Dementia in Canada: Developing A National Strategy for Dementia-friendly Communities
Originally posted @allaboutestates.ca
“I can think of no other disease that places such a heavy burden on families, communities, and societies. I can think of no other disease where innovation, including breakthrough discoveries to develop a cure, is so badly needed.”
— Margaret Chan, Director General, World Health Organization (Opening remarks at the First WHO Ministerial Conference on Global Action against Dementia, 17 March 2015)
As January is Alzheimer’s Awareness month, I thought it fitting to highlight recommendations made as part of the report completed in November 2016 by the Standing Senate Committee on Social Affairs, Science and Technology.
We have heard that several different things can increase the risk of dementia (most recently living near a busy highway) however we do know for certain that the primary risk factor for dementia is getting older. The Canadian Institute of Health Research provides that approximately 1 in every 3 persons over age 85 is likely to develop dementia. A National Strategy is needed and needed quickly.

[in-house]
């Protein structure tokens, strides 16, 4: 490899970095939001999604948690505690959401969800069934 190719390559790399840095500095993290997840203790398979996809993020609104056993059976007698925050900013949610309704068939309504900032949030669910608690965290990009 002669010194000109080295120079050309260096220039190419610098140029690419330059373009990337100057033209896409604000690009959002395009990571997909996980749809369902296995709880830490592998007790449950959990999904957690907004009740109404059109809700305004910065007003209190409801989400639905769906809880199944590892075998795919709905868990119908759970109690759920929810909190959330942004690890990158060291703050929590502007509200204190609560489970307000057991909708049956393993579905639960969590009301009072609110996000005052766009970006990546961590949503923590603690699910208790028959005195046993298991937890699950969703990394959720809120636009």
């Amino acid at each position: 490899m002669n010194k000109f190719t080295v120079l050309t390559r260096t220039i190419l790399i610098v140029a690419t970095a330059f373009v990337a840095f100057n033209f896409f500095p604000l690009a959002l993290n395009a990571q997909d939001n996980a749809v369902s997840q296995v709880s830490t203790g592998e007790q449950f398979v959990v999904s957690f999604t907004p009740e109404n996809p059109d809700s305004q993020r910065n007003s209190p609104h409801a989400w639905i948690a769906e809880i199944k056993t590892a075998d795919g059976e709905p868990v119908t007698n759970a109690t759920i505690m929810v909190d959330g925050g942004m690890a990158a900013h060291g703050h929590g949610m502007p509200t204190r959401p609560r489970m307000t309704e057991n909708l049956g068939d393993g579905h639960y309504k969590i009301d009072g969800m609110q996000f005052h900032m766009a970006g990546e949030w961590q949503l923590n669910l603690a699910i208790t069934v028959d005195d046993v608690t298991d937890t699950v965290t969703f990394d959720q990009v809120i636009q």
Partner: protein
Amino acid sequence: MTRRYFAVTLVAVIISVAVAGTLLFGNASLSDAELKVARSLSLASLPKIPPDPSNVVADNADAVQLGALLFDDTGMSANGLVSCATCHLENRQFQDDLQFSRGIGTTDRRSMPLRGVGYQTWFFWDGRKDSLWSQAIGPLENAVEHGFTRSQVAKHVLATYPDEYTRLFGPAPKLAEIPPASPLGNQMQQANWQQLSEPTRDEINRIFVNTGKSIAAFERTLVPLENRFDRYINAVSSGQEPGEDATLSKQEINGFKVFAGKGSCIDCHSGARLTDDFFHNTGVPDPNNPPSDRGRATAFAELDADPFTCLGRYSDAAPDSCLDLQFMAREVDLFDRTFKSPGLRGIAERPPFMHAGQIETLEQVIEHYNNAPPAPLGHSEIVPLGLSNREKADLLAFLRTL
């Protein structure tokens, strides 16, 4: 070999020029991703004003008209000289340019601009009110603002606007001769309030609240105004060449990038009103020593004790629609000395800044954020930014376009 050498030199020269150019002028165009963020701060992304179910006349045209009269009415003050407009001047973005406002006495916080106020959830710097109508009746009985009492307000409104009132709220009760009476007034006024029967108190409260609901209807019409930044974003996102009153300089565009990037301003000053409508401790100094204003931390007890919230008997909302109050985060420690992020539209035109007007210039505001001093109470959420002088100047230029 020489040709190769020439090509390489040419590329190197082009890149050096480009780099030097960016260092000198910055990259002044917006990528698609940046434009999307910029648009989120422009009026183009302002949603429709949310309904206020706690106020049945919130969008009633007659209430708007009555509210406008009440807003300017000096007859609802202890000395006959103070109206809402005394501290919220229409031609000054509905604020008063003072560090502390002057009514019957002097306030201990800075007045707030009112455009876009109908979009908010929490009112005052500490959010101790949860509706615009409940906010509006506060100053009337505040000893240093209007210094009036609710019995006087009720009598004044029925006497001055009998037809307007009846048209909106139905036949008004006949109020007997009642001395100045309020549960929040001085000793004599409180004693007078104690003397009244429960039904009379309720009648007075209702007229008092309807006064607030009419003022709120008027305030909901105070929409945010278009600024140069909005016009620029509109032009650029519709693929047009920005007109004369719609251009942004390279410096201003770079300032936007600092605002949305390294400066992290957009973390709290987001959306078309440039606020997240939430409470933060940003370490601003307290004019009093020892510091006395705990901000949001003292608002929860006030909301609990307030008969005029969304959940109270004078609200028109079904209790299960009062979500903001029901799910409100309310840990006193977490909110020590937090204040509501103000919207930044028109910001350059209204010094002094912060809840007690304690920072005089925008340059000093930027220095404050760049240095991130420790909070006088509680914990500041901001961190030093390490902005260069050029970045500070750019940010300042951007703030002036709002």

Recommendations put forward by the committee include:
RECOMMENDATION 1: the federal government immediately establish the Canadian Partnership to Address Dementia with a mandate to create and implement a National Dementia Strategy.
RECOMMENDATION 2: The committee further recommends that the federal government, when establishing the Canadian Partnership to Address Dementia, take into consideration the structure and function of the Canadian Partnership Against Cancer, however the new organization must:-include representation from, but not be limited to, federal, provincial and territorial governments, dementia and other health-related organizations, individuals affected by dementia and their caregivers, healthcare professionals, housing organizations, researchers and the Indigenous community;-be required to evaluate, report on and update the strategy annually; and,-receive adequate federal funding of at least $30 million annually.
RECOMMENDATION 3: the federal government adjust the annual funding provided to the proposed Canadian Partnership to Address Dementia in response to annual evaluations and strategy updates.
RECOMMENDATION 4: the proposed Canadian Partnership to Address Dementia, in its development and creation of Canada’s National Dementia Strategy, be guided by
-the Alzheimer Society of Canada’s The Canadian Alzheimer’s Disease and Dementia Partnership: Strategic Objectives, and -Alzheimer’s Disease International’s report Improving Dementia Care Worldwide: Ideas and Advice on Developing and Implementing a National Dementia Plan.